“We can’t bank on (on 3s). We need to work on our defense and play good defense too.”
That philosophy has worked, No need to worry about being smaller than the opposition.
“We are a very well-shooting team and as long as we run the ball and never give up and play with heart I think we have got it,” Mullins said. “We know most teams are bigger than us, we have battled that all year so I don’t think it is really a big deal now, we are small, but we still play big.”
“We are outsized in height and width,” added Preservati, who tallies 6.6 points and 5.4 rebounds a contest, “but I think no one can match our heart and our toughness.”
She should know. Preservati has played through pain much of the season, thanks to a torn ACL in her right knee that has caused problems since it was injured last summer. She actually tore it again earlier this year and tweaked it again in a late-season win over Capital.
Yet, Preservati never once thought about calling it a season.
“I guess you could say that, but it is worth it,” said Preservati, of playing through the pain. “Pain is not an option, it doesn’t matter as long as I get to play, it is my senior year and I don’t want to let my team down...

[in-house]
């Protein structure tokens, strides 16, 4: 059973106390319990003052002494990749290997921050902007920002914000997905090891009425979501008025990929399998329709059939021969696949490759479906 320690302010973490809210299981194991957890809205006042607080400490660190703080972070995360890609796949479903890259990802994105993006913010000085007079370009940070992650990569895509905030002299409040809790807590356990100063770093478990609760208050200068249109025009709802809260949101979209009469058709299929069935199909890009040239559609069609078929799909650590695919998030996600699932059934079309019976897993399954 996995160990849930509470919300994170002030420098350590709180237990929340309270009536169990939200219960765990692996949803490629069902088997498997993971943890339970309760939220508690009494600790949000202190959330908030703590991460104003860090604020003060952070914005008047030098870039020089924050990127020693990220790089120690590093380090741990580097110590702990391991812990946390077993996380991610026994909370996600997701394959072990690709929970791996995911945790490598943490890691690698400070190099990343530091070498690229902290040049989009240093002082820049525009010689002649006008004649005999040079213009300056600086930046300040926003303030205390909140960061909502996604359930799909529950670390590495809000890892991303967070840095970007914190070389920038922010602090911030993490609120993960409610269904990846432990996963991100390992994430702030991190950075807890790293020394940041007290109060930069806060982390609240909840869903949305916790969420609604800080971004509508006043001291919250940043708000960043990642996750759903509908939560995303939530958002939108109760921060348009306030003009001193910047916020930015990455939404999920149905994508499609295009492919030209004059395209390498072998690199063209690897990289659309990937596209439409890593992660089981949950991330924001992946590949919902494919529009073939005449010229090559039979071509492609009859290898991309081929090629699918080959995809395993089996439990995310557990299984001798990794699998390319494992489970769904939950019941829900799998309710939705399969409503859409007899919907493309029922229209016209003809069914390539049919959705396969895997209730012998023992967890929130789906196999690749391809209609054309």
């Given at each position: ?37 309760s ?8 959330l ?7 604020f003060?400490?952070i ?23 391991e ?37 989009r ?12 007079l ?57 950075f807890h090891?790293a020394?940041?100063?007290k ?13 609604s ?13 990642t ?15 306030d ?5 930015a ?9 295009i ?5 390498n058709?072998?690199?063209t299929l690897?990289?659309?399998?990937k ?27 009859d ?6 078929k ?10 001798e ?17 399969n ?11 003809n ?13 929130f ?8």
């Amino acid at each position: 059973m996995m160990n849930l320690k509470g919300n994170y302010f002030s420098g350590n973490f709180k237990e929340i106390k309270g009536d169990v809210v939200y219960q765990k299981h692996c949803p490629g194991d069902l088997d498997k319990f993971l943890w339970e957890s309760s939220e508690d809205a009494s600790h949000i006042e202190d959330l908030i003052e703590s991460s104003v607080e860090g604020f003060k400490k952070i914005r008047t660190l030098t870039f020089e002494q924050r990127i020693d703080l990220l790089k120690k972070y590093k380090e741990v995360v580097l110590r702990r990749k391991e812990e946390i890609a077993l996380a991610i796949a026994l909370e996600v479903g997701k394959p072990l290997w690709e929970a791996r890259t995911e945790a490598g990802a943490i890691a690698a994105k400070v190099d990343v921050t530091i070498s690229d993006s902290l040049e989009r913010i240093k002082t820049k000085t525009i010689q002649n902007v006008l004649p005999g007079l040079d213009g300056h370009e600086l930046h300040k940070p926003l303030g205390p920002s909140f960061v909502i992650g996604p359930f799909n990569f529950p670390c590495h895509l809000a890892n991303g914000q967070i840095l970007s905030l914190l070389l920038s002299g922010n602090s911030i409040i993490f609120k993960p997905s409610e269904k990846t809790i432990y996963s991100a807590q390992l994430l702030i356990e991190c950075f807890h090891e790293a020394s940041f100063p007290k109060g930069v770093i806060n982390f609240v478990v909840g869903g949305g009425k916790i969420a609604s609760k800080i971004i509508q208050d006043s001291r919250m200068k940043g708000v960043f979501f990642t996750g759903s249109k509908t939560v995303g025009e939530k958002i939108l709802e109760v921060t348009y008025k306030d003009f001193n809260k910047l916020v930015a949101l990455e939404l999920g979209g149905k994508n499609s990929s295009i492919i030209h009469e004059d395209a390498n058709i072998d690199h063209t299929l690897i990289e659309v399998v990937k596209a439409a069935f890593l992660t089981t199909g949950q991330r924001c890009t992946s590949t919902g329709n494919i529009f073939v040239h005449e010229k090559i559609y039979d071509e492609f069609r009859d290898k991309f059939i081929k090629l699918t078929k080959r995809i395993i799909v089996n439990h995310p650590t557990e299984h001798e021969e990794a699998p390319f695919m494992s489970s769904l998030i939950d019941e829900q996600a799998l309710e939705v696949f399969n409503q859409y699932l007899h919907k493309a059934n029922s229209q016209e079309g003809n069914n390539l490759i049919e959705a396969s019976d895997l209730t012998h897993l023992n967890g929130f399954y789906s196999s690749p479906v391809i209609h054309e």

“We are very blessed to get to go to states this year. We have worked really hard and our hard work has paid off.”
Mullins is the smallest of the Tigerettes, standing just 5-4, but the senior doesn’t back down from anyone.
“Most people are taller than me so I have the mindset, ‘Don’t let the big girls scare me,’” Mullins said. “I know when I can drive on them and when I can’t. That is why I am usually a shooter from outside, I don’t take it in on the big girls too often, but if it is wide open, then yeah.”
Much has been made about Greenbrier East — which had been considered the pre-tournament favorite — losing to Capital in the regionals, leaving the defending state champion and then-24-0 Spartans at home.
“I feel like it is anyone’s game now,” Akers said.
However, the Tigerettes weren’t so sure that wasn’t still the case, no matter where the Spartans were in Charleston or not.
“In my opinion, if East was still in it I still think it would be a close race, but anyone can win,” Preservati said. “We are going to play like we are there to win.”
“I think as long as we just run the ball and just play with heart,” added Mullins, “I think we have got it.”
—Contact Brian Woodson